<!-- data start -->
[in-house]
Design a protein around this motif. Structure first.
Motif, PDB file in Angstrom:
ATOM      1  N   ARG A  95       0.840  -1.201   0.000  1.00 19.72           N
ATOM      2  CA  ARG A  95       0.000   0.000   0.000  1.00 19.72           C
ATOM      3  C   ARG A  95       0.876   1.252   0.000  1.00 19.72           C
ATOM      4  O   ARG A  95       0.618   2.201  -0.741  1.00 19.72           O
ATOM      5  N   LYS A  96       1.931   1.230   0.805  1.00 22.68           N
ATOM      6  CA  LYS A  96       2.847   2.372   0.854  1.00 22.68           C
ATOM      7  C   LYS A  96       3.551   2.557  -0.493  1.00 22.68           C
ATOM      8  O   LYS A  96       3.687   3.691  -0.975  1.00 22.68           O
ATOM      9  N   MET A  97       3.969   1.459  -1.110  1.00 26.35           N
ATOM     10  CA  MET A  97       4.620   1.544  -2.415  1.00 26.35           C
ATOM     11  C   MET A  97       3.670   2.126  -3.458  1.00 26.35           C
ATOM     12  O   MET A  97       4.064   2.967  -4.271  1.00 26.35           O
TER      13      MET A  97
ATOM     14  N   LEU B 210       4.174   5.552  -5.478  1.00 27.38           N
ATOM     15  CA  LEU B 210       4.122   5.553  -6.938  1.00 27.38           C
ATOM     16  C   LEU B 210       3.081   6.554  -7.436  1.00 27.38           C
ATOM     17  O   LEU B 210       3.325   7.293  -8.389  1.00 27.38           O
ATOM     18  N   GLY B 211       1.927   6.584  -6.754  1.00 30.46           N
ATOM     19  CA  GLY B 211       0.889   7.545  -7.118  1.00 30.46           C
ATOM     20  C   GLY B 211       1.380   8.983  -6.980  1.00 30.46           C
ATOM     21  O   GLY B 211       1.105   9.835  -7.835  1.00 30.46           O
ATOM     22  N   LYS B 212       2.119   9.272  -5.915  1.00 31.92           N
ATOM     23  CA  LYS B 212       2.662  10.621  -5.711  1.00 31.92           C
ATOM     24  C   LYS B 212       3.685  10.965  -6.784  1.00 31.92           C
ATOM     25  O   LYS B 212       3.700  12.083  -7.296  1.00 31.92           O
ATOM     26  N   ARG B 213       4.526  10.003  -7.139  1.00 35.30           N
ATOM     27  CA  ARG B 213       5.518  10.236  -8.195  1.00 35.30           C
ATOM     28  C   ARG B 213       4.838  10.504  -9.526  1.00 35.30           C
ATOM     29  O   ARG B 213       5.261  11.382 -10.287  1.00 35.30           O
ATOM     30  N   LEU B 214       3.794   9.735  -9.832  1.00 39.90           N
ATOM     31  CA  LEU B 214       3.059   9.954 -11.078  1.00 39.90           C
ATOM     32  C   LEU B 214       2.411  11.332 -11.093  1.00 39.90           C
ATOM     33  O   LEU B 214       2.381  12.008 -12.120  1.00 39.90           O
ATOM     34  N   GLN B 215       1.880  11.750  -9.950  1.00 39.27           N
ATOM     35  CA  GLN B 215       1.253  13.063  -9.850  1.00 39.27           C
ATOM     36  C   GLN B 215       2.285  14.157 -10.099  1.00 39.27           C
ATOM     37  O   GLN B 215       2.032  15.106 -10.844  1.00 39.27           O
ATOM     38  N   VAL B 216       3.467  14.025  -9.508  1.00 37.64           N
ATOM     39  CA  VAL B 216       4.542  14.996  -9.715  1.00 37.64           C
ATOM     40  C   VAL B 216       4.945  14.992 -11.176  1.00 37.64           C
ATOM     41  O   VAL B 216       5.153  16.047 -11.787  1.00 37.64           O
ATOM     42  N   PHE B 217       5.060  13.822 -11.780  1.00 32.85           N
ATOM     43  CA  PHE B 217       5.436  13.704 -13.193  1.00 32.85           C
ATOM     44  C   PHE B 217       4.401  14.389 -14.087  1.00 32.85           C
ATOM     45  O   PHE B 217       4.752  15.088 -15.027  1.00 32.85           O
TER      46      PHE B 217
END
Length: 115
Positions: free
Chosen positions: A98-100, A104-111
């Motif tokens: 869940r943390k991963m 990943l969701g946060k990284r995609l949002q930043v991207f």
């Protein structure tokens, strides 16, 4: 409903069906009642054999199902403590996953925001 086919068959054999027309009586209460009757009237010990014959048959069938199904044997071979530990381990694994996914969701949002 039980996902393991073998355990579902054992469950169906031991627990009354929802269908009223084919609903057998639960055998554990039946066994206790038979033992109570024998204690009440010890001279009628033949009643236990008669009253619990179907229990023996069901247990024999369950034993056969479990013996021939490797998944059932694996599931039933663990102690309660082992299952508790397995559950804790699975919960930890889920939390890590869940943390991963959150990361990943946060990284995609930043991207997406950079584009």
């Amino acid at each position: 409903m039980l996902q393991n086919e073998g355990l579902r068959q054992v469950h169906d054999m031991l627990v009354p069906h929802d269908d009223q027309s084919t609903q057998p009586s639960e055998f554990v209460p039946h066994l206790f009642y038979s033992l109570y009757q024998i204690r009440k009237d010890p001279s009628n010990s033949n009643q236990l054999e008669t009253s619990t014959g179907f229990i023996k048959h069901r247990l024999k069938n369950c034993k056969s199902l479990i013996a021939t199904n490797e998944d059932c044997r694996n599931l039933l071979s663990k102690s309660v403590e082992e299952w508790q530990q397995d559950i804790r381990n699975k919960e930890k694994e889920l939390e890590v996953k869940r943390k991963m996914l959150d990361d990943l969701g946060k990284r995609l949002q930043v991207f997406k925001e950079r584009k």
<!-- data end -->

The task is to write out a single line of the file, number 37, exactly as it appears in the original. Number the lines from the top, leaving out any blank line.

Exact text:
ATOM     34  N   GLN B 215       1.880  11.750  -9.950  1.00 39.27           N